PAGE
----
"No Hate in My Holler"
©Lacy Hale; used with permission
Lacy Hale has emerged as an important and visible artist working in Appalachia today. Her work continues to resonate with people within the region and beyond.
Perhaps her best known piece of work is “No Hate in My Holler.” Hale originally conceived the idea in 2017 when it was announced that a Neo Nazi group was going to hold a rally in Eastern Kentucky.
“As that image, saying, and hashtag were shared, it began to resonate with people,” she says.
The image has since appeared widely on T-shirts and other mediums. A few months after Hale created the piece, the national spotlight went to Charlottesville where a gathering of white supremacists at the Unite the Right Rally led to several days of violence, culminating in the murder of protester Heather D. Heyer. One of the most popular protest hashtags surrounding this event was #NoHateInMyHoller. In 2018 Hale and the piece were mentioned in aTime essay on the region’s evolving reactions to injustice by our own fiction editor, Silas House. The phrase has also become a popular rallying cry for rural people fighting for LGBTQ equality. With the recent global protests for racial justice spurred by the killings of George Floyd, Breonna Taylor, and Ahmaud Arbery “No Hate in My Holler” has gained popularity once again.
Hale’s eclectic body of work has made an impact beyond this piece, as well. Her drawings, printmaking, and paintings have been transferred to masks that have become popular during the pandemic. One shows a small hissing possum along with the words “Stay Six Feet Back!” while another features Kentucky’s widely beloved governor, Andy Beshear, along with his famous pandemic catchphrase, “You can’t be doing that.” Her murals have places of prominence in Lexington, Harlan, and Hindman, Kentucky.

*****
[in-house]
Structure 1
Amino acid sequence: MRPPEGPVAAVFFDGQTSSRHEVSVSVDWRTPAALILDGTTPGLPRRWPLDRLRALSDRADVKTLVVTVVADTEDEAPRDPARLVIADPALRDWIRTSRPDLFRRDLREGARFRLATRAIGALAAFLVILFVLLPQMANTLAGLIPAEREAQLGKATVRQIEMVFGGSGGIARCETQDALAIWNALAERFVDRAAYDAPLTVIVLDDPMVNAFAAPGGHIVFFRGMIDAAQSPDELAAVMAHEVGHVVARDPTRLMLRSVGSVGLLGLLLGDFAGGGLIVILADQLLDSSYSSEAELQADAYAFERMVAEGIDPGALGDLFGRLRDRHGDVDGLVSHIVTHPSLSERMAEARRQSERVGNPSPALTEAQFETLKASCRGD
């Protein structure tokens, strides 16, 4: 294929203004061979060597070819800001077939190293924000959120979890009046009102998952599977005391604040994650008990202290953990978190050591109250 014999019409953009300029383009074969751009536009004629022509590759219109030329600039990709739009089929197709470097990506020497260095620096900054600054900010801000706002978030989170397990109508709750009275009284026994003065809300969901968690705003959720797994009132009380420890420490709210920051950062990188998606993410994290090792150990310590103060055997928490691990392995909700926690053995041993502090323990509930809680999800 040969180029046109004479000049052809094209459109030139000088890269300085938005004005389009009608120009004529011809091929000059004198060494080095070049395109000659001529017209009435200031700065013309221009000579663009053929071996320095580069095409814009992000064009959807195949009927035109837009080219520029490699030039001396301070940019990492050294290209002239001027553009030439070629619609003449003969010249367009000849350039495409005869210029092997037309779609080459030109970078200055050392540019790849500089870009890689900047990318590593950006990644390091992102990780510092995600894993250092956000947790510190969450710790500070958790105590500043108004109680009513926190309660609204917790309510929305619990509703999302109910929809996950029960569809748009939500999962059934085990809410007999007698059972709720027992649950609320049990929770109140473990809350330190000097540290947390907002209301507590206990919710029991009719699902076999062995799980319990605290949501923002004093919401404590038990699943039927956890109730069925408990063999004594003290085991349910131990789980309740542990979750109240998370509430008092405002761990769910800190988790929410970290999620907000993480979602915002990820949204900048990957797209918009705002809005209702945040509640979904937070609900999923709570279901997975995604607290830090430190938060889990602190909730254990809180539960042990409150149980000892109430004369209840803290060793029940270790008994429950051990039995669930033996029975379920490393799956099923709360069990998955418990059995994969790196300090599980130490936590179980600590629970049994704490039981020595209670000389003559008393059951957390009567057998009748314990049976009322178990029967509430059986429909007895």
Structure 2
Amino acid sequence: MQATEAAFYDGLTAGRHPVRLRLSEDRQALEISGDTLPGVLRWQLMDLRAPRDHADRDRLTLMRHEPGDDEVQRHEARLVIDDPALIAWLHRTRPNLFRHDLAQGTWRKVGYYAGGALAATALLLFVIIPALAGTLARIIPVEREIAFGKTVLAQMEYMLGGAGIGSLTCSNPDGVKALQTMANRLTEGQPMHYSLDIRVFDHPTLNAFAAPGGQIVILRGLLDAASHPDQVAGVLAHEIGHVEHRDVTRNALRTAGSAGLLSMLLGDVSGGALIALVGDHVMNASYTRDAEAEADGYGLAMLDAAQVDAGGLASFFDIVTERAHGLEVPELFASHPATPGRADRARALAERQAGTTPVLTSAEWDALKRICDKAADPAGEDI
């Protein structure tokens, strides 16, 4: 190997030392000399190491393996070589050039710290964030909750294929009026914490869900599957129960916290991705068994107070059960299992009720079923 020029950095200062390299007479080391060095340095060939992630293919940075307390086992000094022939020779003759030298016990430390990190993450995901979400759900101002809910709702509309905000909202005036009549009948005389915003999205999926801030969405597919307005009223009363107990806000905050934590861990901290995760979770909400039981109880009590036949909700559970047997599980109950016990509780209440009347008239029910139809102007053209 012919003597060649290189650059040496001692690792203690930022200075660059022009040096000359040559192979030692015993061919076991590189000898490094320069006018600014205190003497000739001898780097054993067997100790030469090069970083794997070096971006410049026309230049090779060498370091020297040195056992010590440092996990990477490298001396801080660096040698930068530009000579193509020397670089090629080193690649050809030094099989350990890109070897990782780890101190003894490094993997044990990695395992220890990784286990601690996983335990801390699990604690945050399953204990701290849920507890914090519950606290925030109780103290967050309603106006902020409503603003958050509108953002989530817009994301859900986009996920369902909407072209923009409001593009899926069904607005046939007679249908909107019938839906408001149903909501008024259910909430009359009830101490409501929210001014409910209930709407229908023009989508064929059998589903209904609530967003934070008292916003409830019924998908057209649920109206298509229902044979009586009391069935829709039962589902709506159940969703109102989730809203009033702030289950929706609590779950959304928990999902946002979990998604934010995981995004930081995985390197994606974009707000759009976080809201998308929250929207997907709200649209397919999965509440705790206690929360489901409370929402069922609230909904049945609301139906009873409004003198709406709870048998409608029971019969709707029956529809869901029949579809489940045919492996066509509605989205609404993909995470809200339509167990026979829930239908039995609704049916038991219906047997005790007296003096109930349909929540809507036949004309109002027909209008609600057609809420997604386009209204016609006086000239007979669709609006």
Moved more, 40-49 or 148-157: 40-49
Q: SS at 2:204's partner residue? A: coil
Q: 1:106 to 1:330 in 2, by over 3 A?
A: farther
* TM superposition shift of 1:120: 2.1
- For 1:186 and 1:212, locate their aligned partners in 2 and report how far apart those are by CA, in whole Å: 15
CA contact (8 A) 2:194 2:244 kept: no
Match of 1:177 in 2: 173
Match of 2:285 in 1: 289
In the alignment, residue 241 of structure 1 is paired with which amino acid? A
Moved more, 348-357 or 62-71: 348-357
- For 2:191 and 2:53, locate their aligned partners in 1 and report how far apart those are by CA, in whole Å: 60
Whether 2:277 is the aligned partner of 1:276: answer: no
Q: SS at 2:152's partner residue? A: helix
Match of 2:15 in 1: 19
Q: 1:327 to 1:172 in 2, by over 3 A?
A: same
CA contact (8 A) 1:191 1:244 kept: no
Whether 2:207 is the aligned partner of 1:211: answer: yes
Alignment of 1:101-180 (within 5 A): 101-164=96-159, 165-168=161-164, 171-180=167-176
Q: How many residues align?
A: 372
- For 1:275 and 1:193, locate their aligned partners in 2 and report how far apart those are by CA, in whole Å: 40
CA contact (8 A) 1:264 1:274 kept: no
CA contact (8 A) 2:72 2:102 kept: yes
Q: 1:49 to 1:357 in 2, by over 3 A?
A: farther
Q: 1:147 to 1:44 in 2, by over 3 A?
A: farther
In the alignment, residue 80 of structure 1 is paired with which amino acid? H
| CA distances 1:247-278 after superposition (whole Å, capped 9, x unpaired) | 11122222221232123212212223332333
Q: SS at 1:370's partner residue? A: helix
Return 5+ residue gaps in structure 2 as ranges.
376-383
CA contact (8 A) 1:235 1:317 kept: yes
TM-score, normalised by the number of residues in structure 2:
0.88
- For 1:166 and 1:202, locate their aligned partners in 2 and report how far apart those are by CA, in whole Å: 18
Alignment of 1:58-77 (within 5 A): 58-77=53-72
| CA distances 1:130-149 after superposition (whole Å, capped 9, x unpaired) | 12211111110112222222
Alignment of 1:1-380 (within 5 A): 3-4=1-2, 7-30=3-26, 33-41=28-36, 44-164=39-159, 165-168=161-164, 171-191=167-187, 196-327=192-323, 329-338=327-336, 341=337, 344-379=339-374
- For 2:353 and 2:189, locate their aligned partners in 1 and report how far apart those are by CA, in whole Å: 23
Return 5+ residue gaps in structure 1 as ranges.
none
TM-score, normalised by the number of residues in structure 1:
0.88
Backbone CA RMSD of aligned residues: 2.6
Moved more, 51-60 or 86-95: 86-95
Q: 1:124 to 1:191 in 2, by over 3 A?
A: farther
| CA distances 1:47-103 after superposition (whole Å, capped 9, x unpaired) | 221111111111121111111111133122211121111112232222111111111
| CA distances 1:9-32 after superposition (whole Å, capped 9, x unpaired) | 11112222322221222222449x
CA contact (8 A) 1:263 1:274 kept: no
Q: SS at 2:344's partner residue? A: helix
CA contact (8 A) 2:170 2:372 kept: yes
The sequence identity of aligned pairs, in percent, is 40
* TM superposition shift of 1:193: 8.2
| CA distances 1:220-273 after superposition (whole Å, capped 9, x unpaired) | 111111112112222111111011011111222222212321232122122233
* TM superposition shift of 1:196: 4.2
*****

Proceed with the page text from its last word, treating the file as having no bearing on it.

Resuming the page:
Lacy Hale at work on a mural. Photo supplied by author.
Hale says she has known she wanted to be an artist since she was five years old. She attended Pratt Institute of Art in Brooklyn and returned shortly thereafter to her native Southeastern Kentucky to pursue a professional artistic career. Her work has been shown throughout the country, including a traveling Smithsonian exhibit in 2012. In 2019 her piece She Speaks and the Mountains Sing was included in an exhibit in New York City.
Hale is co-founder of regional arts groups EpiCentre Arts and Appalachian Women of the Arts. She was also co-host of the monthly radio show “Art Matters” on Appalshop's WMMT-FM for four years. Hale serves on both the Artist Advisory Board and the Executive Board of the Appalachian Artisan Center in Hindman, Kentucky and was appointed to the Board of Directors of the Kentucky Arts Council in February of 2015.
She has received such honors as the Eastern Kentucky Artist Impact Award, as well as grants from the Kentucky Foundation for Women, Great Meadows Foundation, and the Tanne Foundation Award.
Hale’s work can be seen and purchased at her website and Etsy shop and at several locations throughout Kentucky, including Roundabout Music Company (Whitesburg), The Mountain Muse (Prestonsburg), the Appalachian Artisan Center (Hindman), Moonbow Mercantile (Corbin). Her work is also available at Appalachian Revival in Roanoke, Virginia, as well as Microcosm, an online site and store in Portland, Oregon.
Hale lives in Letcher County, Kentucky with her husband and two dogs where she continues to create paintings, prints, and more that articulate the Appalachian experience.
All images ©Lacy Hale; used with permission
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